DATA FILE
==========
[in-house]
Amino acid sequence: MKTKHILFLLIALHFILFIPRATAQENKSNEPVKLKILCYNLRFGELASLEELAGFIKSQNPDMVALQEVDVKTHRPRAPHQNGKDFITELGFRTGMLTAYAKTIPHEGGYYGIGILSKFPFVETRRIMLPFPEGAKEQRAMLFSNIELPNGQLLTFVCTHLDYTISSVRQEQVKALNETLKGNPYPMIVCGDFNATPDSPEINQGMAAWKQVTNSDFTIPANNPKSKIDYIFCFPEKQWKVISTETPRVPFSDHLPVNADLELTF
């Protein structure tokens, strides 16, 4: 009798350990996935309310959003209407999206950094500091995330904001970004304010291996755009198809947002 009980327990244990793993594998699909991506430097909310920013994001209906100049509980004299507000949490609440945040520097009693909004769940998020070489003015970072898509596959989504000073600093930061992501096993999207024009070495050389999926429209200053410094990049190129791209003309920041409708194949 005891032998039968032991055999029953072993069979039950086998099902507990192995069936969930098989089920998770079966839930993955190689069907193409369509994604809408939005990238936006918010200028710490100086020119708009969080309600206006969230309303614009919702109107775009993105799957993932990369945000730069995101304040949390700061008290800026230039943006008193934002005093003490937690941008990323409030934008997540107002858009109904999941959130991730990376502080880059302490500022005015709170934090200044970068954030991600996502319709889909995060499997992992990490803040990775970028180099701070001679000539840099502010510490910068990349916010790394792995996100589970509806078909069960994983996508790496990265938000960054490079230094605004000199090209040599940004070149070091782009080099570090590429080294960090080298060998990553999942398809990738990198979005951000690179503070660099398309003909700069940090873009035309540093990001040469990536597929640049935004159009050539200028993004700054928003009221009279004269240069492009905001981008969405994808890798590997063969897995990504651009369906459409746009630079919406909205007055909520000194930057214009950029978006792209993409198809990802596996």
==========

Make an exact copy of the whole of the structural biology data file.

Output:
[in-house]
Amino acid sequence: MKTKHILFLLIALHFILFIPRATAQENKSNEPVKLKILCYNLRFGELASLEELAGFIKSQNPDMVALQEVDVKTHRPRAPHQNGKDFITELGFRTGMLTAYAKTIPHEGGYYGIGILSKFPFVETRRIMLPFPEGAKEQRAMLFSNIELPNGQLLTFVCTHLDYTISSVRQEQVKALNETLKGNPYPMIVCGDFNATPDSPEINQGMAAWKQVTNSDFTIPANNPKSKIDYIFCFPEKQWKVISTETPRVPFSDHLPVNADLELTF
């Protein structure tokens, strides 16, 4: 009798350990996935309310959003209407999206950094500091995330904001970004304010291996755009198809947002 009980327990244990793993594998699909991506430097909310920013994001209906100049509980004299507000949490609440945040520097009693909004769940998020070489003015970072898509596959989504000073600093930061992501096993999207024009070495050389999926429209200053410094990049190129791209003309920041409708194949 005891032998039968032991055999029953072993069979039950086998099902507990192995069936969930098989089920998770079966839930993955190689069907193409369509994604809408939005990238936006918010200028710490100086020119708009969080309600206006969230309303614009919702109107775009993105799957993932990369945000730069995101304040949390700061008290800026230039943006008193934002005093003490937690941008990323409030934008997540107002858009109904999941959130991730990376502080880059302490500022005015709170934090200044970068954030991600996502319709889909995060499997992992990490803040990775970028180099701070001679000539840099502010510490910068990349916010790394792995996100589970509806078909069960994983996508790496990265938000960054490079230094605004000199090209040599940004070149070091782009080099570090590429080294960090080298060998990553999942398809990738990198979005951000690179503070660099398309003909700069940090873009035309540093990001040469990536597929640049935004159009050539200028993004700054928003009221009279004269240069492009905001981008969405994808890798590997063969897995990504651009369906459409746009630079919406909205007055909520000194930057214009950029978006792209993409198809990802596996």